• @RichardKiddman The cylinder will lose contact with the ground if the normal force between the ground and the cylinder goes to zero. Jun 29, 2020 at 5:42

Turns out the tube does jump if the rod is no less than 13 times the mass of the tube. My previous answer had a couple of mistakes that yielded the wrong result, here is the updated one.

Let $$M$$ be the mass of the tube, $$m$$ the mass of the rod and $$R$$ the radius of the tube. Let $$\theta$$ be the angle between the vertical and the direction of the rod from the center of the tube (i.e. $$\theta=0$$ initially and increases as the tube starts rolling, and the height of the rod relative to the ground is $$(1 + \cos \theta)R$$).

The combined moment of inertia of the tube and the rod about the instantaneous line of contact of the tube with the ground is $$I = 2R^2[M + (1+\cos \theta)m].$$

From conservation of energy, $$E = 0 = \frac{1}{2}I\omega^2 - mgR(1 - \cos \theta)$$ $$\omega^2 = \frac{mg(1 - \cos\theta)}{R[M+(1 + \cos\theta)m]}=\frac{g\beta}{R}\frac{1 - \cos\theta}{1+(1 + \cos\theta)\beta}.$$ where $$\beta=m/M$$. Differentiating with respect to time, $$2\omega\alpha=\frac{d}{d\theta}\omega^2\frac{d\theta}{dt}=\omega\frac{d}{d\theta}\omega^2$$ $$\alpha=\frac{1}{2}\frac{d}{d\theta}\omega^2=\frac{g\beta}{R}\sin\theta\frac{\frac{1}{2}+\beta}{[1+(1+\cos\theta)\beta]^2}$$

where $$\alpha=d\omega/dt$$ is the angular acceleration. The downward acceleration of the total system is the same as that of the rod, which is $$a_z=\omega^2R \cos\theta+\alpha R \sin\theta$$ where $$\omega$$ is the angular velocity. The first term is due to the centripetal acceleration and the second due to tangential acceleration. $$a_z = g\beta\frac{(1 - \cos\theta)\cos\theta + \sin^2\theta\frac{\frac{1}{2} + \beta}{1+(1+\cos\theta)\beta}}{1+(1+\cos\theta)\beta}$$ where $$\beta=m/M$$.

The tube remains in contact with the ground as long as the upward normal force $$N$$ on the tube is non-negative. By Newton's second law, $$(M+m)g-N=ma_z,$$ so the contact condition is $$N=(M+m)g - ma_z\ge0$$ $$a_z \le \left(1+\frac{1}{\beta}\right) g$$ $$\frac{\beta^2}{1+\beta}\frac{(1 - \cos\theta)\cos\theta + \sin^2\theta\frac{\frac{1}{2} + \beta}{1+(1+\cos\theta)\beta}}{1+(1+\cos\theta)\beta} \le 1$$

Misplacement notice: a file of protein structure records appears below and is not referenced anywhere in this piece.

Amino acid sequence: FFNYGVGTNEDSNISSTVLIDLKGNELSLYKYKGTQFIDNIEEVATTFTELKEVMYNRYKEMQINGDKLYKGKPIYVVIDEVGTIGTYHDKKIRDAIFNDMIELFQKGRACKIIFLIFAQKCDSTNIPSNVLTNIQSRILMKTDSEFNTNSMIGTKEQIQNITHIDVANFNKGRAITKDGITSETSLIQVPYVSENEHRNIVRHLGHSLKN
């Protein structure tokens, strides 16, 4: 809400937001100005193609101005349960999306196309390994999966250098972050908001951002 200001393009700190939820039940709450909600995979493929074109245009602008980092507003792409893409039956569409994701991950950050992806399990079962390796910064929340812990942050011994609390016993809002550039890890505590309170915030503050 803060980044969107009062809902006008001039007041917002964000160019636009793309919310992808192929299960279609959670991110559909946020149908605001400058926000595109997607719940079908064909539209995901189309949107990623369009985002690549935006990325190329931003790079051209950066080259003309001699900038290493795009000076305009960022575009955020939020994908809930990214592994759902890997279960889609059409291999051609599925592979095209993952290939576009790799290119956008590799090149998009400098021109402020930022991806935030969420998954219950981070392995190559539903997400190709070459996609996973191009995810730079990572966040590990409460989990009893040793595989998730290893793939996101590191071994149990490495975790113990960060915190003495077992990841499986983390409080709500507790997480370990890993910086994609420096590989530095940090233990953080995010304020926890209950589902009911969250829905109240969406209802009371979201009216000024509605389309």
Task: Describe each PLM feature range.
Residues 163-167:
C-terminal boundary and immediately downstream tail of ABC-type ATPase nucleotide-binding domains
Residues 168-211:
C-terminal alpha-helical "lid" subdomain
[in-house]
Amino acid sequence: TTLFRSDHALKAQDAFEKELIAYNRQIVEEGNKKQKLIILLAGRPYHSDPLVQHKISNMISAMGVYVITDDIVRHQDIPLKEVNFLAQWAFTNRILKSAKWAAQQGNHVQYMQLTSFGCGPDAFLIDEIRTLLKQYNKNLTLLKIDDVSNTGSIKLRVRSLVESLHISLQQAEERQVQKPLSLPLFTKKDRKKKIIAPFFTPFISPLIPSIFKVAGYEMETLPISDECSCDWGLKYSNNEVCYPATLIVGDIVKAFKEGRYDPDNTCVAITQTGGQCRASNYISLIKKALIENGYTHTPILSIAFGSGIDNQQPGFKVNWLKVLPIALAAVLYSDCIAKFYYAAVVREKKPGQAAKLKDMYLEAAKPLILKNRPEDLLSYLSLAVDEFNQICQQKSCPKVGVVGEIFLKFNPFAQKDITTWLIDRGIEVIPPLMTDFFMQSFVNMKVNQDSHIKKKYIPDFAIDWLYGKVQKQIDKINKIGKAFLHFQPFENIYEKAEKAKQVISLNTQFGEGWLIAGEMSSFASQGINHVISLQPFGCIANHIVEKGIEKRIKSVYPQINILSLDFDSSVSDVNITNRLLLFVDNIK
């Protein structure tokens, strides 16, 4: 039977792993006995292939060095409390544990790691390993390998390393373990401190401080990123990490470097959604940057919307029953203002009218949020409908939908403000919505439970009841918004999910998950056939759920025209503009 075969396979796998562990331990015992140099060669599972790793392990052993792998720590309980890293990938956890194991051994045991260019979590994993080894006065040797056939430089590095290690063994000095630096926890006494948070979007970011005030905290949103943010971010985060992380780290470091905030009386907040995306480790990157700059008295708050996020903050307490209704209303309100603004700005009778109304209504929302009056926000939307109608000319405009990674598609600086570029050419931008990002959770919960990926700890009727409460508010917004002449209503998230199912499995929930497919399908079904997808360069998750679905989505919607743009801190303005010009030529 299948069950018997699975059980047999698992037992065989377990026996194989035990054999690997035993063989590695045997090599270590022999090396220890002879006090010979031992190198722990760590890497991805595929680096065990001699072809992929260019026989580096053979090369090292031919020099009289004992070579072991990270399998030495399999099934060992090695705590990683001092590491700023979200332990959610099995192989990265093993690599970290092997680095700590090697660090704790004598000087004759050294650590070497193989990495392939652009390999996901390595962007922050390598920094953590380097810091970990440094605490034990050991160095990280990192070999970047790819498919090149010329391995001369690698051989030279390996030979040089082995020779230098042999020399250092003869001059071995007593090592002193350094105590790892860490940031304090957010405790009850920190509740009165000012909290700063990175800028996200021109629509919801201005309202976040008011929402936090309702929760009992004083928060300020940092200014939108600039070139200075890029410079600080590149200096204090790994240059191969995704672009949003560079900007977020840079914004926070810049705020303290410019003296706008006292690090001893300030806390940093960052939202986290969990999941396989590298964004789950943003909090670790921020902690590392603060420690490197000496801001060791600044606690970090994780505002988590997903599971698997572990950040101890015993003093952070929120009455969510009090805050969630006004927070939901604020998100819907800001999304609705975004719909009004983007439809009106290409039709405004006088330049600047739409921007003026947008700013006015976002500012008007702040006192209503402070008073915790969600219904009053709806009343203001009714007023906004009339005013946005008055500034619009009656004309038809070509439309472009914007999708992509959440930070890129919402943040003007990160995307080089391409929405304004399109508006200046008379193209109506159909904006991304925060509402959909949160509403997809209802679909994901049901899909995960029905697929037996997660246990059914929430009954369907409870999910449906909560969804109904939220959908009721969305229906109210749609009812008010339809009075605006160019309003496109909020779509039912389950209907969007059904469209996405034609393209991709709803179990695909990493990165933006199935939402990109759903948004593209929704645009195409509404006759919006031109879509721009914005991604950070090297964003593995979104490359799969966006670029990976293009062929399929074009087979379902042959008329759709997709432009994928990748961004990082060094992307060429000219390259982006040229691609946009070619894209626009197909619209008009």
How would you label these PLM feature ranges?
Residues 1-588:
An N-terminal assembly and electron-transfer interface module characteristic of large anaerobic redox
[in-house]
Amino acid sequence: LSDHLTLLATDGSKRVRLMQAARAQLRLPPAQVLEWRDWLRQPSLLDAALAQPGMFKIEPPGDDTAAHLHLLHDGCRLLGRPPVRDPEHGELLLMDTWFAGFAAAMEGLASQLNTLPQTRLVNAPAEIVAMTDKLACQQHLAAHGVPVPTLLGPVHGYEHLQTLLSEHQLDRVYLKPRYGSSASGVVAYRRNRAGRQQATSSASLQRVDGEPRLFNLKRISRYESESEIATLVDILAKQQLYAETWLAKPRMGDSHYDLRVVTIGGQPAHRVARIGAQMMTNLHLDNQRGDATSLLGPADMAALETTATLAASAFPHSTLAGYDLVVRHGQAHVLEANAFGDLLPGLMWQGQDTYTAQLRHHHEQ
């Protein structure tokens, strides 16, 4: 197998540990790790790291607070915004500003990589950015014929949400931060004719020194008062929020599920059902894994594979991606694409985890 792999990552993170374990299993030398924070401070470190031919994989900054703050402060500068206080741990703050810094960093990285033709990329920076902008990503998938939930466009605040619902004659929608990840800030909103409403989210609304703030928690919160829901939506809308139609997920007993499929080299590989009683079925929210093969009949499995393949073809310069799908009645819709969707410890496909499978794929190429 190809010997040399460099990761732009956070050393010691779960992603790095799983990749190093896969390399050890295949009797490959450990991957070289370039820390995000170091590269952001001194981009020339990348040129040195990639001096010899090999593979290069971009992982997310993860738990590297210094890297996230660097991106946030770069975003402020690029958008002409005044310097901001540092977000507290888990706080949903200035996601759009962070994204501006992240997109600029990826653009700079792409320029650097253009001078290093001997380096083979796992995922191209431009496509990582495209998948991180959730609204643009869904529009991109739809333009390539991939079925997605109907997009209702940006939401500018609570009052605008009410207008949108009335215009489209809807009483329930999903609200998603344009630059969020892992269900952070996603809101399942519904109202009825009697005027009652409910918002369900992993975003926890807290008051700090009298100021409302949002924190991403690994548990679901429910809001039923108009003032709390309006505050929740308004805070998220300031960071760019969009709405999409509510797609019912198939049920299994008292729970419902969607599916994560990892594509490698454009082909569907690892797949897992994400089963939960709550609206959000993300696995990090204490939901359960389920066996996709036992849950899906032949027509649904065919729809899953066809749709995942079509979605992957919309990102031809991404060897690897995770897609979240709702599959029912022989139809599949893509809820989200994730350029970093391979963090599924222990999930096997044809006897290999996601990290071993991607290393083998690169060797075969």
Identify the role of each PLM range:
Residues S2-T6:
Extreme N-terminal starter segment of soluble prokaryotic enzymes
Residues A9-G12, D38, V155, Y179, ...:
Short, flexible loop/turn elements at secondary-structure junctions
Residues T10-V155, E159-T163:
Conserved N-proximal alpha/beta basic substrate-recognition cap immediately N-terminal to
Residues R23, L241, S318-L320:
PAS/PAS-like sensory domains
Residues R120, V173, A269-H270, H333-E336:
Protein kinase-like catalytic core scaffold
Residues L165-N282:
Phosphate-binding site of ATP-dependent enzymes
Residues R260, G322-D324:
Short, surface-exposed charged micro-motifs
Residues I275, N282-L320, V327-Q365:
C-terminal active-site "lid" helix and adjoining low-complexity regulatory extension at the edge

I didn't bother to do the algebra to simplify the expression on the left hand side, but I plotted the maximum of the left hand size as a function of $$\beta$$: The equality does happen at exactly $$\beta=13$$. Also see J. Murray's answer for the simplified condition that confirms this.

• Puk, are you sure about your solution? If my memory serves me well, Newton's second law of rotation applies only if the rotating solid body rotates about a fixed axis so that the moment of inertia of the body about the axis of rotation always remains the same. And this condition isn't fulfilled in our case. The instantaneous axis of rotation moves, and the moment of inertia of our solid body about that axis changes with time. Jun 27, 2020 at 7:20
• @Mitsuko The instantaneous axis of rotation is actually at rest: the velocity of the bottom of the tube is always zero, since the tube is not slipping. But you are right about the moment of inertia changing, I forgot to take this into account. Newton's second law still works, there will just be another term proportional to the rate of change of the moment of inertia. I will edit my answer and correct this when I have time.
– Puk
Jun 27, 2020 at 8:16
• Great, let's see whether the correction will turn the tables. Sorry for the downvote, and I'll definitely change it to an upvote after there are no obvious errors left. Thanks a lot for your effort anyway. Jun 27, 2020 at 13:06
• I've figured out why the tube will jump if the mass of the rod is large enough. I just posted my proof of the jump as a separate answer. But I still can't calculate the critical mass ratio. Perhaps you can do it if you properly take the forgotten term into account. At school, I was taught to solve rotational dynamics problems only for the case where the axis of rotation is fixed and never changes. Jun 27, 2020 at 17:12